Canadian Graham Foy’s debut is an ambitious portrait of teenage life


Source: F F Films

‘The Maiden’

Dir/scr: Graham Foy. Canada. 2022. 117mins

Grief, isolation, the mental and emotional turmoil of teenage life: all classic ingredients of independent cinema, but given an economical, elliptical and altogether haunting treatment in Canadian debut feature The Maiden. Graham Foy’s low-key drama starts off feeling like a sketchbook piece of fragmented realism, but becomes increasingly dream-like; and soon after it flips halfway to reveal itself as a diptych, we come to realise that it’s a much more ambitious piece than it at first appears. It’s very much a niche proposal but, following its Venice Giornate degli Autori debut, The Maiden should score festival attention with its elegant, low-key style, rich atmospherics and insightful handling of a young non-professional cast

A film that knows what it’s doing – and surprises us at those moments when it reveals its larger design

Shot in Foy’s native Calgary, Alberta, the film begins in a vein not far from the mode of contemporary realists like Roberto Minervini and Matthew Porterfield – with hints of Tim Hunter’s River’s Edge, that key teen-melancholy film of the 80s. The setting is a heavily wooded rural area, spiked with patches of drab suburbia, where two boys, Kyle (Jackson Sluiter) and Colton (Marcel T. Jimenez) while away their leisure time. We see them skateboarding, then exploring an abandoned building site where they find a dead cat, which they give an improvised funeral on the local river, where they then go swimming. Everything is episodic and not remotely narrative-driven – until the two boys go walking along a train track at night, and things take a tragic turn, conveyed with characteristically telegrammatic effect by Foy and editor Brendan Mills.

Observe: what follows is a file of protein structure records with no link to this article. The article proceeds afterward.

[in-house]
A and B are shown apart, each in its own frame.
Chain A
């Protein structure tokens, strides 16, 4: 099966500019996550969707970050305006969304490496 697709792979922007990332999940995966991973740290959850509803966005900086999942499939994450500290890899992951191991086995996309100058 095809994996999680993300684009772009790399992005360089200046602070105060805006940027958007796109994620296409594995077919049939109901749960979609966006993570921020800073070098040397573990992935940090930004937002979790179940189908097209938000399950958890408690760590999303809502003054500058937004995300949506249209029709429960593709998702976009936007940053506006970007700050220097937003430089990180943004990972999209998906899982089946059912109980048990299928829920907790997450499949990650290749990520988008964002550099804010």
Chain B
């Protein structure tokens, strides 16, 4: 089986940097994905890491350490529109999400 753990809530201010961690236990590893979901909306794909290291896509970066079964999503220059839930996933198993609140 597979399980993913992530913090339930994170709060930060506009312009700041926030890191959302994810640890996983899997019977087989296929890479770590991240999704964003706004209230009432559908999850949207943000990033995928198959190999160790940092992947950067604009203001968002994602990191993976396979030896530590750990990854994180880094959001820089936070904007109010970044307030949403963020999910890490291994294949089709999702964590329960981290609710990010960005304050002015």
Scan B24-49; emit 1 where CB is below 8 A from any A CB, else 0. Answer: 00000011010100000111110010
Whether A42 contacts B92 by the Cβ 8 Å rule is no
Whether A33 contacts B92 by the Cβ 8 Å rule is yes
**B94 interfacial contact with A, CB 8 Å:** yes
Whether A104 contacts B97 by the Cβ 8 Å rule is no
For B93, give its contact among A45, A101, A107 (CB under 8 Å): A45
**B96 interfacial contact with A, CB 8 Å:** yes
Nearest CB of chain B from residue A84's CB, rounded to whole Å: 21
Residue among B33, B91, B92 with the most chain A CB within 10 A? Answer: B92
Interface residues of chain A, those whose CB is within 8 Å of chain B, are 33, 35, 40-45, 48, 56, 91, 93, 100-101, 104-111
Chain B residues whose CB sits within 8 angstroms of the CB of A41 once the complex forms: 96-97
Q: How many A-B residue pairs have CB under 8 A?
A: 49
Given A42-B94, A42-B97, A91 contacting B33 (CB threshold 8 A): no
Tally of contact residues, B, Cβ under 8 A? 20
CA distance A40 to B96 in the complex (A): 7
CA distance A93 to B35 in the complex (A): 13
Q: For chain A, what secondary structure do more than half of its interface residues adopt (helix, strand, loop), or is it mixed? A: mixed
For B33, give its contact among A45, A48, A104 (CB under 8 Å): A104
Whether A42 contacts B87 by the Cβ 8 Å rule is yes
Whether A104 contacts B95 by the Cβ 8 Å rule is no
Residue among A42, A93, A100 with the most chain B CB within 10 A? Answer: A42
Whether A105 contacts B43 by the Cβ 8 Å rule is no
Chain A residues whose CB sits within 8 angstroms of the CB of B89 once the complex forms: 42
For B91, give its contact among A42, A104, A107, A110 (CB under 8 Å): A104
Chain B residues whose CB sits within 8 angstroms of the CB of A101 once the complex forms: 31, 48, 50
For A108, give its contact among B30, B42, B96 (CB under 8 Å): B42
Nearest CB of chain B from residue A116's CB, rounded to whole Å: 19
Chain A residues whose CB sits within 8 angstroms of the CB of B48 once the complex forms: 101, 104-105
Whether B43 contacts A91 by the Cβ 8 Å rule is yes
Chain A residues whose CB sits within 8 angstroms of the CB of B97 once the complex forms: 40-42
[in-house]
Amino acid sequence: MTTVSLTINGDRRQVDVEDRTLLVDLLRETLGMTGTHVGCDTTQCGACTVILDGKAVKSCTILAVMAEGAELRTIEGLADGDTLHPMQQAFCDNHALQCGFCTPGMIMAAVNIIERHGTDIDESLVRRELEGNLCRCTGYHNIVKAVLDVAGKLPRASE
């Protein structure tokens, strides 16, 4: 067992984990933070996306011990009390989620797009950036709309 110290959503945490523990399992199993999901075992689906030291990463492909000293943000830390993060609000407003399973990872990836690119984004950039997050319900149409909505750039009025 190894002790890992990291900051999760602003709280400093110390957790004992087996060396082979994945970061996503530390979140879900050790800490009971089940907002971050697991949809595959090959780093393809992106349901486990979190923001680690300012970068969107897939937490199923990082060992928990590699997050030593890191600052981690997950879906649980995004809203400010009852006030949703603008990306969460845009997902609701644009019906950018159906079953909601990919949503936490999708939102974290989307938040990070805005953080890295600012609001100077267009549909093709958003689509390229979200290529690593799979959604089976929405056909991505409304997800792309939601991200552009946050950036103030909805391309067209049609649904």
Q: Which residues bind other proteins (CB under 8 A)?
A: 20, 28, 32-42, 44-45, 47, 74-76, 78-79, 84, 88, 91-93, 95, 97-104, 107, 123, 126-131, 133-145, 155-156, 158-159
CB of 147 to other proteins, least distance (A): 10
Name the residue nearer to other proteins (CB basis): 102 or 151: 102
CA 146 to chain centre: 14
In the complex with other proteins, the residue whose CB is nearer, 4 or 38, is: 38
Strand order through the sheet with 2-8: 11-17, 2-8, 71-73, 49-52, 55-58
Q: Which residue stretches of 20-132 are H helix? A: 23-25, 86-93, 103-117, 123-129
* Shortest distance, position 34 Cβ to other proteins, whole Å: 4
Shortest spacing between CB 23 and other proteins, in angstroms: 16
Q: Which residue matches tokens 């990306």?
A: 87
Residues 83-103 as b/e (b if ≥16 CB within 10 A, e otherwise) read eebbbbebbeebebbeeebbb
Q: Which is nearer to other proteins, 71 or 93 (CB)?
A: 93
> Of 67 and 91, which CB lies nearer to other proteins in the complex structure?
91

The rest of the first half follows Colton as he adjusts to a changed life, with moments of his high school existence sketched around him in brief sequences; for the most part clipped episodes, although some sequences – notably an awkward counselling session – are allowed to play out at single-shot length. This part of the film is spiked with strange non sequitur moments: a seemingly disturbed boy babbling in class, a fight with Stetson-wearing school heartthrob Tucker (Kaleb Blough) that’s cut off as soon as it starts.

The diptych hinges on Colton’s discovery, halfway through, of a sketchbook belonging to a shy, anxiety-prone girl named Whitney (Hayley Ness), who we already know has gone missing. We follow her through her own schooldays, her disrupted relationship with fairweather friend June (Sienna Yee) and her solitary wanderings through the local landscape – which then appear to take an altogether supernatural turn. Foy appears to be attempting an impossible shift of register here, but brings things together beautifully in an understated coda that returns in a new key to the film’s beginning, and gives this seemingly tragic story an unexpected uplift. 

Arguably a touch overstretched at two hours, and slightly prone to callow melancholia in the longueurs of the second half, The Maiden is nevertheless a film that knows what it’s doing – and surprises us at those moments when it reveals its larger design. The enigmatic title appears partly to refer to Whitney, but ‘MAIDEN’ is also the graffiti tag of Kyle, which comes to haunt the film in an increasingly resonant leitmotif.

The young cast, both leads and support ensemble, make an affecting impression in their part improvised performances – from the  opening, in which Kyle and Colton goof around like a real life Beavis and Butthead, to later passages of empathetically modulated interiority. Shooting on film, DoP Kelly Jeffrey achieves understated painterly effects, not least in the densely atmospheric might passages, and a rich sound mix, including overlapping dialogue coming in and out of focus, is backed up with spare use of music including Jon Hassell, Jim Wilson’s eerie ‘God’s Chorus of Crickets’ and the corny but effective Roger Miller ballad ‘Dear Heart’, heard on an ancient cassette recorder. 

Production companies: F F Films, MDFF

International sales: Celluloid Dreams

Producers: Daiva Zalnieriunas, Dan Montgomery

Cinematography: Kelly Jeffrey

Production design: Erika Lobko

Editing: Brendan Mills

Main cast: Jackson Sluiter, Marcel T. Jiménez, Hayley Ness, Kaleb Blough